ESPE Abstracts (2016) 86 RFC5.2

Limits of Agreement between HbA1c Levels Measured in Different Laboratories Following the Introduction of the International Federation of Clinical Chemistry and Laboratory Medicine Standardised Values

Barbara Archa, Andrew McKaya, Paul Newlandb, Joanne Blairb, John Gregoryc, Matthew Peakb, Mohammed Didib, Keith Thornboroughb & Carrol Gamblea

aUniversity of Liverpool, Liverpool, UK; bAlder Hey Children’s NHS Foundation Trust, Liverpool, UK; cCardiff University, Cardiff, UK

Background: Between 2011 and 2015, 294 children from 15 UK centres were randomised to the SCIPI study (SubCutaneous Insulin: Pumps or Injections?), which compares insulin delivery by pump to multiple daily injections, during the first year following diagnosis of type I diabetes. HbA1c is measured every 3 months, locally by (1) a ‘point of care’ device or a local laboratory and (2) a central laboratory. Since 2009 HbA1c assays have been calibrated against the International Federation of Clinical Chemistry and Laboratory Medicine standardised values. This should remove the need for centralised measurement of HbA1c for clinical or research purposes.

Objectives: To determine the limits of agreement between local and central measurements of HbA1c.

Methods: Bias and 95% limits of agreement were determined using the Bland and Altman method.

Results: About 590 pairs of measurement, representing 255 children and 15 trial-centres across 4 time-points, were compared. There was no significant bias: local measurements were an average of 0.16 mmol/mol (SD=4.5, 95% CI: −0.2 to 0.5) higher than central. The 95% limits of agreement were −8.6 to 9.0 mmol/mol (local minus central). 93% of local measurements were within 10% of corresponding central measurements. Some trial centres were more varied in the differences observed between local and central measurements; none indicated systematic bias.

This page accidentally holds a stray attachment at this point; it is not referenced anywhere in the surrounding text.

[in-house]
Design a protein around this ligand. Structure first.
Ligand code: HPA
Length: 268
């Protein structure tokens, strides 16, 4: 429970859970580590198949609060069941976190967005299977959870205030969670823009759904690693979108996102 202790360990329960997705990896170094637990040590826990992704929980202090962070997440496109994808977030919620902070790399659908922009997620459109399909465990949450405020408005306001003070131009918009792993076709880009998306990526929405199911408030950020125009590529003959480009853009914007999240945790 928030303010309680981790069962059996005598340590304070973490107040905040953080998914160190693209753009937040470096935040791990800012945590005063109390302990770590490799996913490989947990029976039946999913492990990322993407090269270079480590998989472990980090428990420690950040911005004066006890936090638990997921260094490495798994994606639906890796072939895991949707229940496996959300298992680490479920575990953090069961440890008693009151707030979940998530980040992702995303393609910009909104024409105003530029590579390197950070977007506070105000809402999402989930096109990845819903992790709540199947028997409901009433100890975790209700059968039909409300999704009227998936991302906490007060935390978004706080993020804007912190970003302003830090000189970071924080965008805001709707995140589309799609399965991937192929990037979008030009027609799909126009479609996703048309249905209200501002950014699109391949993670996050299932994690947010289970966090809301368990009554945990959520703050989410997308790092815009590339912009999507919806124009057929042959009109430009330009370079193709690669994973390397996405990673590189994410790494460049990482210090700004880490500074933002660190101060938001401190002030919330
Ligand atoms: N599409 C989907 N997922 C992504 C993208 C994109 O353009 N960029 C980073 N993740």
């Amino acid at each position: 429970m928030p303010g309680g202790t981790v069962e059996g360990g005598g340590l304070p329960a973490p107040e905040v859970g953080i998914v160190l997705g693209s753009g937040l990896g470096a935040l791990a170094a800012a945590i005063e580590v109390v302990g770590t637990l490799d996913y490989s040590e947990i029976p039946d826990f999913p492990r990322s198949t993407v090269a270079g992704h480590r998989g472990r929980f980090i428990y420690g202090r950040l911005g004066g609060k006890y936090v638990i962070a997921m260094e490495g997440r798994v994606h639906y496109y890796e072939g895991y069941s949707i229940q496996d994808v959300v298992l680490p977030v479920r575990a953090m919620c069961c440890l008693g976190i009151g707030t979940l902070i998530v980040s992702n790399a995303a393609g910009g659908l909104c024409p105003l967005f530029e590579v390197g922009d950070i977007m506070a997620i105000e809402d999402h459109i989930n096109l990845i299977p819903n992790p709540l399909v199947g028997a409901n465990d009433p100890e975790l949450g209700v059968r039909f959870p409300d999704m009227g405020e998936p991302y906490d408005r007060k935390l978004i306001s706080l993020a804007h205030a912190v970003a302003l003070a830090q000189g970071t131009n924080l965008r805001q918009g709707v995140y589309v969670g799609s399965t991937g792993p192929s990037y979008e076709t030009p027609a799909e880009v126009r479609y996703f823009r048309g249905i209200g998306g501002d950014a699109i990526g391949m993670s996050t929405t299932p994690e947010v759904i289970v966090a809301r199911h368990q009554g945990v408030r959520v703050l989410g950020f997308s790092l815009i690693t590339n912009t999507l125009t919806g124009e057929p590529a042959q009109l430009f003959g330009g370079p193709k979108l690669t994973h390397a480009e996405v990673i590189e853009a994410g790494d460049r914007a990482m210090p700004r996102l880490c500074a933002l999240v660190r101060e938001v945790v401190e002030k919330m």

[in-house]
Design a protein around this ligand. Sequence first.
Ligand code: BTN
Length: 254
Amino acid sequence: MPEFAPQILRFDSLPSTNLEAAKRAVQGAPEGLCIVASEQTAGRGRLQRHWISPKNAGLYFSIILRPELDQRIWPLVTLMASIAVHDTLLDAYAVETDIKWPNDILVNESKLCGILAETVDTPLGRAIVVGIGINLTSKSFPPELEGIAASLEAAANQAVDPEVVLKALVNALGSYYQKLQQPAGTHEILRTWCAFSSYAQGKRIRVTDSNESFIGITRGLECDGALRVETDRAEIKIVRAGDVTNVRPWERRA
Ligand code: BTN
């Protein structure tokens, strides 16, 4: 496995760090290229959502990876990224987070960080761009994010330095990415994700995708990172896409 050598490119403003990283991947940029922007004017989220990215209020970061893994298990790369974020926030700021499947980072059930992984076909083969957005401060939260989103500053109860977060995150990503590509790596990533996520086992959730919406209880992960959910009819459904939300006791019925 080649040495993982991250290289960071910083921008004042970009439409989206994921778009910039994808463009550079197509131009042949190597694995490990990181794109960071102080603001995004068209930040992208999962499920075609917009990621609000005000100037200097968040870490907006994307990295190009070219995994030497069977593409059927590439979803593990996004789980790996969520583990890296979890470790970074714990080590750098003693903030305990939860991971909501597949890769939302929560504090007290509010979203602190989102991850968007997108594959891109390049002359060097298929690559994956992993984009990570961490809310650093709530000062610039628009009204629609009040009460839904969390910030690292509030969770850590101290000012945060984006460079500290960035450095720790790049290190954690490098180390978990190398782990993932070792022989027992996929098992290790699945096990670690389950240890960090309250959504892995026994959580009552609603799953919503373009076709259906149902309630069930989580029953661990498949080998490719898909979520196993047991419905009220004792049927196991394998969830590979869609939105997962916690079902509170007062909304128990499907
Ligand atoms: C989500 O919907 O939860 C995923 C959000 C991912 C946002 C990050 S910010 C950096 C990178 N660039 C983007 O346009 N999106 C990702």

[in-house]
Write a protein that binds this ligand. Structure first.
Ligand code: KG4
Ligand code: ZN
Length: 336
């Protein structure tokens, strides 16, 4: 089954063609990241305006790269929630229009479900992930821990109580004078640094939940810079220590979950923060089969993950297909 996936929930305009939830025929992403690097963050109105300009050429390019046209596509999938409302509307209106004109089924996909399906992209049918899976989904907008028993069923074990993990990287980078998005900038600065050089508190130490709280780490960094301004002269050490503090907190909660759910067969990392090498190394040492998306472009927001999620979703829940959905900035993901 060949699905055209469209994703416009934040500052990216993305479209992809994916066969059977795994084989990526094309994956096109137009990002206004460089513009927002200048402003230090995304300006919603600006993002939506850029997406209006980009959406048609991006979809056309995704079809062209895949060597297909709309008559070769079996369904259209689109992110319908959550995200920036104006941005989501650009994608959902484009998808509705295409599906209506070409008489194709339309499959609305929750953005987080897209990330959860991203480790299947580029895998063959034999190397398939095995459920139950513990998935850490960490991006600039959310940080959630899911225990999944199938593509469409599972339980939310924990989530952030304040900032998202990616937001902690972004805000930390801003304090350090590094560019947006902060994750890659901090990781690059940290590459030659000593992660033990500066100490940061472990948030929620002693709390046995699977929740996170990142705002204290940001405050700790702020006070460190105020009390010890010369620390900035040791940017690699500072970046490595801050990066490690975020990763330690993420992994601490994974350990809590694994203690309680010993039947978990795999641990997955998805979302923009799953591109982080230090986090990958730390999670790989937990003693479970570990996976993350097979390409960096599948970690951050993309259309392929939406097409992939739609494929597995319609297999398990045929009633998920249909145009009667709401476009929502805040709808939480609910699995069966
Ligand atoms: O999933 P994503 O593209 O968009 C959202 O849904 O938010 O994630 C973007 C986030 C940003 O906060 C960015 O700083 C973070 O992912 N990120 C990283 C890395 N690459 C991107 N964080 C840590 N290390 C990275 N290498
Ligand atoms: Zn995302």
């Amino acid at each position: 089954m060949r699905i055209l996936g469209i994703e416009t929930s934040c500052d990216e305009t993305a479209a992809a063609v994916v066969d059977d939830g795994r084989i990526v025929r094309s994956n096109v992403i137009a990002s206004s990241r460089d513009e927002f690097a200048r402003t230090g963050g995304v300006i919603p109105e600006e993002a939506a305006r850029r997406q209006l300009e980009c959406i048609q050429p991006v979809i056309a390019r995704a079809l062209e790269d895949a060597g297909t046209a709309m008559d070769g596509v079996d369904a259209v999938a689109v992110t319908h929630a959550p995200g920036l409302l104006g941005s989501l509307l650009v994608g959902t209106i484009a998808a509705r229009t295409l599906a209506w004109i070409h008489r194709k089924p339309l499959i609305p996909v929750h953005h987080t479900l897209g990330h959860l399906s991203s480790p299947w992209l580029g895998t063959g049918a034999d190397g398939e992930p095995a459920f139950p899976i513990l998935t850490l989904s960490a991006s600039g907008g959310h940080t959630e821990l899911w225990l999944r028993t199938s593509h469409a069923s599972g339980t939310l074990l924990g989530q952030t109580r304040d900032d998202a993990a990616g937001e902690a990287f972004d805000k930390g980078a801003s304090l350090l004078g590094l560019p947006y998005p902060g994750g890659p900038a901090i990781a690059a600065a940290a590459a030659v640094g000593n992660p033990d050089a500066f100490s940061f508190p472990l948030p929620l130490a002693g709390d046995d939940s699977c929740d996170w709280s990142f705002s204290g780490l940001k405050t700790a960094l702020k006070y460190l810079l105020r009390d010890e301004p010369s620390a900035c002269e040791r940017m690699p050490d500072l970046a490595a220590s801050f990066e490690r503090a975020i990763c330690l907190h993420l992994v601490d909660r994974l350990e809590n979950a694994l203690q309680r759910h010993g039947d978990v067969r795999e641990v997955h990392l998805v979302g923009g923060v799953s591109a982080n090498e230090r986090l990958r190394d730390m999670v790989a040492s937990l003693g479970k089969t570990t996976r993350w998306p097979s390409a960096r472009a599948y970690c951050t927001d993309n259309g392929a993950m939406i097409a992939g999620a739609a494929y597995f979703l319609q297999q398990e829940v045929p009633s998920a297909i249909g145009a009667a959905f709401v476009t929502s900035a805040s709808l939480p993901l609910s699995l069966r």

Conclusion: Variation in agreement between HbA1c measurements was greater than had been expected although no overall bias was detected. 5% of measures differed by > 9 mmol/mol, and 7% of pairs showed >10% difference between central and local measurements. Discrepancies were present across all participating centres. These findings have implications for the comparison of standards of clinical care between centres, the design of future multi centre RCTs and existing quality assurance processes for HbA1c measurements. We recommend that centralised HbA1c measurement is preferable in the multi-centre clinical trial setting.